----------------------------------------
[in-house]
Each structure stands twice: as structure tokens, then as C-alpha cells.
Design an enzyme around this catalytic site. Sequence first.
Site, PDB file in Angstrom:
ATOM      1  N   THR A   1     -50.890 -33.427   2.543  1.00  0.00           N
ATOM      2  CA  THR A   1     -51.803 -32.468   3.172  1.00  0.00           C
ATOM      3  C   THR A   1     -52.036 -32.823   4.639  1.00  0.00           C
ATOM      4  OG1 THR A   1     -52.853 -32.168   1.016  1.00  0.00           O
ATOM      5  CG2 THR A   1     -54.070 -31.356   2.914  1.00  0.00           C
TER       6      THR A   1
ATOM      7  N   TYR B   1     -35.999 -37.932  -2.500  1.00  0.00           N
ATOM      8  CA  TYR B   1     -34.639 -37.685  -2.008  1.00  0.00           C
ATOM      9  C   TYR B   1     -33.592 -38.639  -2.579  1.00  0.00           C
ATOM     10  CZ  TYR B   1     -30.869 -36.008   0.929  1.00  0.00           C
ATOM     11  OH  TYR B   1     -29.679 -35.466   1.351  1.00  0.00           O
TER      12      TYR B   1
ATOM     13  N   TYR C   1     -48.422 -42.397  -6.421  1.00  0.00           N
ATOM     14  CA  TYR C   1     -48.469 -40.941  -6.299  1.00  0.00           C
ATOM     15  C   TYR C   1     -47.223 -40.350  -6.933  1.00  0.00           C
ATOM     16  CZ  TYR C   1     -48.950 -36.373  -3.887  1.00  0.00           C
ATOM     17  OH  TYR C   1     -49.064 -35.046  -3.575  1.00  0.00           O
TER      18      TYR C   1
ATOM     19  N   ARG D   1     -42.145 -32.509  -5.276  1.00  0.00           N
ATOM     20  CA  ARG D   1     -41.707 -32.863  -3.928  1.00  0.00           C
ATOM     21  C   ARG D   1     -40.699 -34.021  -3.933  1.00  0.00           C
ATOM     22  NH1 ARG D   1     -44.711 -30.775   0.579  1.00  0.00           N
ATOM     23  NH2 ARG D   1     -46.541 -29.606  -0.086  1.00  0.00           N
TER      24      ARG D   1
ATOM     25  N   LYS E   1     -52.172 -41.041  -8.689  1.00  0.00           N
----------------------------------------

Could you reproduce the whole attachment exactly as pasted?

[in-house]
Each structure stands twice: as structure tokens, then as C-alpha cells.
Design an enzyme around this catalytic site. Sequence first.
Site, PDB file in Angstrom:
ATOM      1  N   THR A   1     -50.890 -33.427   2.543  1.00  0.00           N
ATOM      2  CA  THR A   1     -51.803 -32.468   3.172  1.00  0.00           C
ATOM      3  C   THR A   1     -52.036 -32.823   4.639  1.00  0.00           C
ATOM      4  OG1 THR A   1     -52.853 -32.168   1.016  1.00  0.00           O
ATOM      5  CG2 THR A   1     -54.070 -31.356   2.914  1.00  0.00           C
TER       6      THR A   1
ATOM      7  N   TYR B   1     -35.999 -37.932  -2.500  1.00  0.00           N
ATOM      8  CA  TYR B   1     -34.639 -37.685  -2.008  1.00  0.00           C
ATOM      9  C   TYR B   1     -33.592 -38.639  -2.579  1.00  0.00           C
ATOM     10  CZ  TYR B   1     -30.869 -36.008   0.929  1.00  0.00           C
ATOM     11  OH  TYR B   1     -29.679 -35.466   1.351  1.00  0.00           O
TER      12      TYR B   1
ATOM     13  N   TYR C   1     -48.422 -42.397  -6.421  1.00  0.00           N
ATOM     14  CA  TYR C   1     -48.469 -40.941  -6.299  1.00  0.00           C
ATOM     15  C   TYR C   1     -47.223 -40.350  -6.933  1.00  0.00           C
ATOM     16  CZ  TYR C   1     -48.950 -36.373  -3.887  1.00  0.00           C
ATOM     17  OH  TYR C   1     -49.064 -35.046  -3.575  1.00  0.00           O
TER      18      TYR C   1
ATOM     19  N   ARG D   1     -42.145 -32.509  -5.276  1.00  0.00           N
ATOM     20  CA  ARG D   1     -41.707 -32.863  -3.928  1.00  0.00           C
ATOM     21  C   ARG D   1     -40.699 -34.021  -3.933  1.00  0.00           C
ATOM     22  NH1 ARG D   1     -44.711 -30.775   0.579  1.00  0.00           N
ATOM     23  NH2 ARG D   1     -46.541 -29.606  -0.086  1.00  0.00           N
TER      24      ARG D   1
ATOM     25  N   LYS E   1     -52.172 -41.041  -8.689  1.00  0.00           N